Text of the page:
It has been another tumultuous 24 hours on Everest, where tension continues to run high amongst the Sherpas, who continue to mourn the loss of 16 of their companions in an avalanche last Friday. While the Government of Nepal has agreed to most of the terms set down by the mountain guides, there is still a level of distrust and uncertainty. Whether or not that gap can be bridged remains to be seen, and while efforts are being made to do just that, the entire climbing season hangs in the balance.
Yesterday I reported that the Adventure Consultants had cancelled their expedition after losing three Sherpas in the accident. At the time, I speculated that other teams might make the same decision, and that prediction has proven accurate. The Alpine Ascents squad has also made the decision to go home. They lost 5 members of their team to the avalanche, and have been struggling with that loss ever since.
If you’ve been following this situation closely, Alan Arnette has two good posts that you’ll definitely want to read. The first, is an update on the situation, with Alan’s contacts in Base Camp providing him with a sense of the mood there. In short, those contacts report that things are extremely tense, and there is a great deal of anger in the Sherpa community. This is not unlike the emotion that was felt last year, when several Sherpas came to blows with western climbers. The local guides are feeling disrespected once again, but this time the anger is aimed at the Nepali government, and not so much the western climbers.
The second post you should read is Alan’s account of his relationship with his Sherpa. It gives you a first hand account of how a climber interacts with the man who is there to help him reach the top. It is a good read, and gives readers personal insight into how the mountaineer and the Sherpa work together.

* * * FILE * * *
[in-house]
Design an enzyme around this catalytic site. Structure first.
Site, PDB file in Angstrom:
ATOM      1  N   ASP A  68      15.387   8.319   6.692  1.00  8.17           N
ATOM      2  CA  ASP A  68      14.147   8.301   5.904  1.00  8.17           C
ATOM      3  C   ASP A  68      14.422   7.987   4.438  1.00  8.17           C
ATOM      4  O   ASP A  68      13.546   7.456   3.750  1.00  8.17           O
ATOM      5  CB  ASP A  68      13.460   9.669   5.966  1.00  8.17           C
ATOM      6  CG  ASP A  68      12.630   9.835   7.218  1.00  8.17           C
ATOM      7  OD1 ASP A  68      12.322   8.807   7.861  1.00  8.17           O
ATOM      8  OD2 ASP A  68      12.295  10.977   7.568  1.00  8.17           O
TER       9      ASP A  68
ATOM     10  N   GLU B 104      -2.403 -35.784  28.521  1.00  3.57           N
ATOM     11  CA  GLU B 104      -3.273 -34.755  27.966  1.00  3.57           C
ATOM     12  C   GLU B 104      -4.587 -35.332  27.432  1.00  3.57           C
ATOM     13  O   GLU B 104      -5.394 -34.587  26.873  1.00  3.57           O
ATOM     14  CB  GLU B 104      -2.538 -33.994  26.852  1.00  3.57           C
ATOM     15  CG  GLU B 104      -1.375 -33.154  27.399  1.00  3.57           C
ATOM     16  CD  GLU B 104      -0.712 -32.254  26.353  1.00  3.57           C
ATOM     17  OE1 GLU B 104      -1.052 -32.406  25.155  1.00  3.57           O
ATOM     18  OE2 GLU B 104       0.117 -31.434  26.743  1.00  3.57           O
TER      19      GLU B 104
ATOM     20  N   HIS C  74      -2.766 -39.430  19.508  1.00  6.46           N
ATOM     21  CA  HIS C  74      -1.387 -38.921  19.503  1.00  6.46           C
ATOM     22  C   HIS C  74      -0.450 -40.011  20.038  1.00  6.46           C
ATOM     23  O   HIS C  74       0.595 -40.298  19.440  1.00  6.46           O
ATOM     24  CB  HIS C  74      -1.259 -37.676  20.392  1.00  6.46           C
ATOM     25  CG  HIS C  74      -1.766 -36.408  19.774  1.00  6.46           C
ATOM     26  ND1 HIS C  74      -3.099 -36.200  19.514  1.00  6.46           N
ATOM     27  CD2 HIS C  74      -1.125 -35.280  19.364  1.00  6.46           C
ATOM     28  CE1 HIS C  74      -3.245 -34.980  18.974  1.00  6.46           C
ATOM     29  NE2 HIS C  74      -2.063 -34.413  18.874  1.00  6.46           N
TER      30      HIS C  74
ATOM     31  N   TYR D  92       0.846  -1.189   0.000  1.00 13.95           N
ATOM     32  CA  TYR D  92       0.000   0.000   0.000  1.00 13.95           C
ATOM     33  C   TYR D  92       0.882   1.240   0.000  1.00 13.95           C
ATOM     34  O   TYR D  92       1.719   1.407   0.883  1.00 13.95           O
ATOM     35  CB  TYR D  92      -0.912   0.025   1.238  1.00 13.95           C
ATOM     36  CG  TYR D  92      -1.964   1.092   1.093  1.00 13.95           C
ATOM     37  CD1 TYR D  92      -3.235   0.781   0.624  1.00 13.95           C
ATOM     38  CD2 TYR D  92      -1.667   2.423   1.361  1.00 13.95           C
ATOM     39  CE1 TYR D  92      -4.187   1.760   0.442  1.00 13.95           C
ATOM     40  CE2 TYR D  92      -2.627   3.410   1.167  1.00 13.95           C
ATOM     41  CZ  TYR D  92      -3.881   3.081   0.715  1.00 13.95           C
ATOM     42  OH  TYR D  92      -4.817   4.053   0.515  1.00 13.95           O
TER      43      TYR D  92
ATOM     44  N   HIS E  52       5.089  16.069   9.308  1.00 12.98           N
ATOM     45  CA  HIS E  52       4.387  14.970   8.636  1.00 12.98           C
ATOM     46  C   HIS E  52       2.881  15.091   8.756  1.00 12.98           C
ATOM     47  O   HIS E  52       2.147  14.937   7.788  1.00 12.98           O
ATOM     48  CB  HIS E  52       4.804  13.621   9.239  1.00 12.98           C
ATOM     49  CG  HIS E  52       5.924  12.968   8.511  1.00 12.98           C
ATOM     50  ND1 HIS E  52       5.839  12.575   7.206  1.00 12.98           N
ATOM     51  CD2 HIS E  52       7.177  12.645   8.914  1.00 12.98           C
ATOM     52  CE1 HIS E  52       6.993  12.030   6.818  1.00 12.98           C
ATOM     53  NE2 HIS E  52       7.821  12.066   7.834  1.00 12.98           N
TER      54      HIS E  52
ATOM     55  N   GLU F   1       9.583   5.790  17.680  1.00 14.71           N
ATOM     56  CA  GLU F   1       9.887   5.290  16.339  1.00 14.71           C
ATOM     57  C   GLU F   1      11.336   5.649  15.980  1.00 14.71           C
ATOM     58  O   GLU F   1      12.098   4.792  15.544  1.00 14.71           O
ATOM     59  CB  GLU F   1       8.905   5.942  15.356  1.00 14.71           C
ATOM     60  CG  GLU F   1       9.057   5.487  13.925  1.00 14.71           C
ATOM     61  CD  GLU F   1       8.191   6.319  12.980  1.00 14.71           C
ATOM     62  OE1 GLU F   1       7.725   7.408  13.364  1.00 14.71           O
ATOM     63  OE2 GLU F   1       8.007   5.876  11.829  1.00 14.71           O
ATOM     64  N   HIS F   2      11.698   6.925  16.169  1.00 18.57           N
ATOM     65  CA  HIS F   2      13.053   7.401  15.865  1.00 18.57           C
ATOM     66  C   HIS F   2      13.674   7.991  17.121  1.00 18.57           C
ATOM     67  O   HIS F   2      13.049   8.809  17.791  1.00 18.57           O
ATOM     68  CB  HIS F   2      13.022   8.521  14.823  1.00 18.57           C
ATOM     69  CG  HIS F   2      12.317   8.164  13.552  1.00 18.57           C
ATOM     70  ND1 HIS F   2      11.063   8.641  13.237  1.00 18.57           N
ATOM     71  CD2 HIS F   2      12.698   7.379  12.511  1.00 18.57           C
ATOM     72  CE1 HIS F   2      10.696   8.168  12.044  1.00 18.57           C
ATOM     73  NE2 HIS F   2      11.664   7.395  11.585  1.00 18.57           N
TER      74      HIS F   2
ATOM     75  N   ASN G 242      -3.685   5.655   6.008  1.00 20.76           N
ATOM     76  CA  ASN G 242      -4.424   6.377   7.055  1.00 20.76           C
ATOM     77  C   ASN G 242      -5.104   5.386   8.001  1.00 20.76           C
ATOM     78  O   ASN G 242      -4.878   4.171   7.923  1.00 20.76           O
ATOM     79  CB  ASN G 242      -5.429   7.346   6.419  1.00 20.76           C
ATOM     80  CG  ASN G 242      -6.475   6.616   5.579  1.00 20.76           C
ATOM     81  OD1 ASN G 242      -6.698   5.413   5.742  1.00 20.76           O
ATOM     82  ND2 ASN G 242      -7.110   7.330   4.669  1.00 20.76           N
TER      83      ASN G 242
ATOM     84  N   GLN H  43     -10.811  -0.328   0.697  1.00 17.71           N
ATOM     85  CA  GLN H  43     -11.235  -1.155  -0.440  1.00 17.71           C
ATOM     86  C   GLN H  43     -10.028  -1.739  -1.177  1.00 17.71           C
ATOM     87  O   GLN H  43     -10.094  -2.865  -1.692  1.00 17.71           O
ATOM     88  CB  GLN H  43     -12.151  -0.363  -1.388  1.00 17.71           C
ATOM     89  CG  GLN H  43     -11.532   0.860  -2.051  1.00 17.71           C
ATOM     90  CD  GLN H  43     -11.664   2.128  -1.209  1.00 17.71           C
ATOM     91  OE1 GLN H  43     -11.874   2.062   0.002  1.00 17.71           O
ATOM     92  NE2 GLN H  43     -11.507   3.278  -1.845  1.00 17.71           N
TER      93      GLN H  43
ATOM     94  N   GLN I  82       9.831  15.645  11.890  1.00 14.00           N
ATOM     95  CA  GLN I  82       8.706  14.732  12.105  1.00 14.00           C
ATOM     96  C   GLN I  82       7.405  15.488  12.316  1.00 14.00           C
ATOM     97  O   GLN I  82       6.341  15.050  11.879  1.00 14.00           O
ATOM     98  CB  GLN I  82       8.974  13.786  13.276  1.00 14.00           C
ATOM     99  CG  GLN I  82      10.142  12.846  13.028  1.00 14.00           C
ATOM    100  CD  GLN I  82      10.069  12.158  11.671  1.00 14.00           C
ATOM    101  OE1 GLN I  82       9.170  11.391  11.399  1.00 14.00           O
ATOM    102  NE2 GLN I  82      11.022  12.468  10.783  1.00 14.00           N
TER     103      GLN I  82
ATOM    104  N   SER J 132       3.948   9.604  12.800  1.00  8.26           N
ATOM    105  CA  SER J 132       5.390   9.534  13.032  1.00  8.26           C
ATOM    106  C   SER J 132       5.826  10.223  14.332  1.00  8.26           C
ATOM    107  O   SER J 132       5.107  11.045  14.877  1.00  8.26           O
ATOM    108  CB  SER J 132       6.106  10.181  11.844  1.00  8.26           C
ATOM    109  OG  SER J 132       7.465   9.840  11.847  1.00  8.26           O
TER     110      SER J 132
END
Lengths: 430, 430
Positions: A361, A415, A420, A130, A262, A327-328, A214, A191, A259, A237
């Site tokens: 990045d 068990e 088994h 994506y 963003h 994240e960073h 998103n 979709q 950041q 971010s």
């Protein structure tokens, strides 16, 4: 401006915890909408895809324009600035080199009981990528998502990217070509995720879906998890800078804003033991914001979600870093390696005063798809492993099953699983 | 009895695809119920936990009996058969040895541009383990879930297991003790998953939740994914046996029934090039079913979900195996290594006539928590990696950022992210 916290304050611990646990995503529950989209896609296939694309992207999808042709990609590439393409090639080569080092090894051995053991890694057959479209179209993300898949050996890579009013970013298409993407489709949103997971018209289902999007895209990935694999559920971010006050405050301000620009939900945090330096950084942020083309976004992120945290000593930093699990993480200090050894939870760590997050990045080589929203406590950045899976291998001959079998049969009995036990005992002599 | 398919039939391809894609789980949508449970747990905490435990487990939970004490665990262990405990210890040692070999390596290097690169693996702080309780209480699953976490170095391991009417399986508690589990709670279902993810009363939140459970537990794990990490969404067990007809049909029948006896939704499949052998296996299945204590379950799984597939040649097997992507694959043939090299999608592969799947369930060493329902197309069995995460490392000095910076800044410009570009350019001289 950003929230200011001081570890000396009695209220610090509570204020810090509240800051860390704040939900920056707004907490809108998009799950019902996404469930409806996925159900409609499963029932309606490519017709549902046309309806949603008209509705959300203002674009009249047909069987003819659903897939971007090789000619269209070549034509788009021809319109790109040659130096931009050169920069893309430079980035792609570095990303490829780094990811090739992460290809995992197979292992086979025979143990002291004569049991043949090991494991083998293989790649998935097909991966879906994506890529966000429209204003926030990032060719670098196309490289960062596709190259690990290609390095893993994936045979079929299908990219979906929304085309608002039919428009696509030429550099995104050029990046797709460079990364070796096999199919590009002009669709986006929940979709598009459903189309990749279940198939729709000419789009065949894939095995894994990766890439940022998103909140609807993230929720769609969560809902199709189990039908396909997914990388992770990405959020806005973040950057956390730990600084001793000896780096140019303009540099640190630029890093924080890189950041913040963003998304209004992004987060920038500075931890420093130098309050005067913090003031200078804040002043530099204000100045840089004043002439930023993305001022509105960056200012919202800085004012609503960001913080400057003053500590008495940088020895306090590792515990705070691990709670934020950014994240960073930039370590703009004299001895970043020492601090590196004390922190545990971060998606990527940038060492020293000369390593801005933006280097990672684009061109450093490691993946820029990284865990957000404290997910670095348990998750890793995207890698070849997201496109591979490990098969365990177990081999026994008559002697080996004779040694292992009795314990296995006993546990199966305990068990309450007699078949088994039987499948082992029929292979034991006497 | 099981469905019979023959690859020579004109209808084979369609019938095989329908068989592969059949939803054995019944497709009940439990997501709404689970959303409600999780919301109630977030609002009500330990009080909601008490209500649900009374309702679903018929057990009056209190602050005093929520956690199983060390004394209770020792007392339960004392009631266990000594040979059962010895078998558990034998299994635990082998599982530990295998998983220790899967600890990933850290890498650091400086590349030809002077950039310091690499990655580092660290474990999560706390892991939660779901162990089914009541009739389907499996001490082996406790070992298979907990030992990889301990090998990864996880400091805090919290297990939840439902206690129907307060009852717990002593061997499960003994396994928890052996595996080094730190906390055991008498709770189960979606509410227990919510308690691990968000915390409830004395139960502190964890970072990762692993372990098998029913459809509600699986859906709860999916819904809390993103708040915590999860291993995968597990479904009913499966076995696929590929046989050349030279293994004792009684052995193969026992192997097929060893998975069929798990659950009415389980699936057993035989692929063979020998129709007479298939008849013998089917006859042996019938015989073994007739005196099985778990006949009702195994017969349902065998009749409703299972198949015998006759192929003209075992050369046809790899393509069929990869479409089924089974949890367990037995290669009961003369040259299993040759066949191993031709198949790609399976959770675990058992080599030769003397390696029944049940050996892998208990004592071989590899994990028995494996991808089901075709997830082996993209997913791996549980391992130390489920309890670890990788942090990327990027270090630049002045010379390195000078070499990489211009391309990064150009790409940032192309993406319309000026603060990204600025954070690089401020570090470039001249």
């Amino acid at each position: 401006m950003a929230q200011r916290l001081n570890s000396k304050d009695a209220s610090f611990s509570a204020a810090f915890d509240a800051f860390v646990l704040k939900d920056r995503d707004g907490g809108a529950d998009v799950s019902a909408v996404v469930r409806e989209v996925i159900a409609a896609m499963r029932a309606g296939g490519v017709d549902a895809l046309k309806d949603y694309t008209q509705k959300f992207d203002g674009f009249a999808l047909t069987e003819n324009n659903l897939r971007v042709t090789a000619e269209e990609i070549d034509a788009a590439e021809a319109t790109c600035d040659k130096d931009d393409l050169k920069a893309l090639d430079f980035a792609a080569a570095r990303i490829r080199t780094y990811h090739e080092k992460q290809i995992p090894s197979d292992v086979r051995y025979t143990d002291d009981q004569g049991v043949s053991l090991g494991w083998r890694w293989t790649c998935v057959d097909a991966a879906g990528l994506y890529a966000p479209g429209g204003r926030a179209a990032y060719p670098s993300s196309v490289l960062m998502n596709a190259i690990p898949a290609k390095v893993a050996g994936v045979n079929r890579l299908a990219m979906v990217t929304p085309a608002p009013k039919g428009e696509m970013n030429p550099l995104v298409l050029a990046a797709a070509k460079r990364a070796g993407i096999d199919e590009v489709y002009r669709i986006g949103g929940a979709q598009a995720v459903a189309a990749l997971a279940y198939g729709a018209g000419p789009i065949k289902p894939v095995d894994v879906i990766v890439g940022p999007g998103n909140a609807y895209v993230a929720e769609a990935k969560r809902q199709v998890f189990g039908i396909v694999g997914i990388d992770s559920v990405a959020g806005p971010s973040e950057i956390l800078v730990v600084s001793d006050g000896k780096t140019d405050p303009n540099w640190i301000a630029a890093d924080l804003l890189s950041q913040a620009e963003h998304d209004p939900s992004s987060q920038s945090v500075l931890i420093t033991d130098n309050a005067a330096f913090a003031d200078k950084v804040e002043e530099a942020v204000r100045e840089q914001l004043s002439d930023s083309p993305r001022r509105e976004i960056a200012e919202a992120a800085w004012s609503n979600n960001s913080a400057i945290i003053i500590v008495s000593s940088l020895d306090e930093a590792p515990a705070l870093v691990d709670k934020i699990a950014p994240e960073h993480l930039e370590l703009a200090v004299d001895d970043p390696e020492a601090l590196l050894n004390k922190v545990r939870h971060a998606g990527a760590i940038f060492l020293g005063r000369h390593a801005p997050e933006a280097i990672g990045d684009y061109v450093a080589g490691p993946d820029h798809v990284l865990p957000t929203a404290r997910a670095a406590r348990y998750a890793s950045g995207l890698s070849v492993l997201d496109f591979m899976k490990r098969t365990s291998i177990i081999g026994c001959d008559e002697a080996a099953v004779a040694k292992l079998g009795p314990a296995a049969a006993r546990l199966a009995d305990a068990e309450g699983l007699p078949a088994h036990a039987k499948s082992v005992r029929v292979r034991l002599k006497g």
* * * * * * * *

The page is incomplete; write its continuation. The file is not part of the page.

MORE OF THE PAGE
Meanwhile, the New York Times is reporting that a meeting took place in South Side Base Camp yesterday, with two-thirds of the Sherpas voting to end the season. If that number is accurate, it doesn’t bode well for the climbers, and we could be looking at the end of the season by as soon as this Friday. The Times also says that two veteran Everest leaders flew to Kathmandu via helicopter in order to meet with officials from the government. The hope is that they can broker some kind of deal that will keep the mountain open.
Fox News is also weighing in on the topic, and they indicate that sources in Base Camp have told them that Sherpas have already begun to walk out. Indications are that these men are just the beginning, and that over the next few days, more will follow. CBS News is offering a similar account, going so far as to say that most of the Sherpas have already left BC.
That doesn’t appear to be the case with the Peak Freaks however. Team leader Tim Rippel has indicated that he has offered his Sherpas full-pay, even if they decided to go home. They all have chosen to stay.
It seems that no matter what the government says, or the western climbing leaders, if the Sherpas make the decision to go, they will go. Anger, resentment and grief seem to be the emotions that are most prevalent in Base Camp at the moment, and only time is going to help heal those feelings. For now, we’ll all just have to wait and see what happens.
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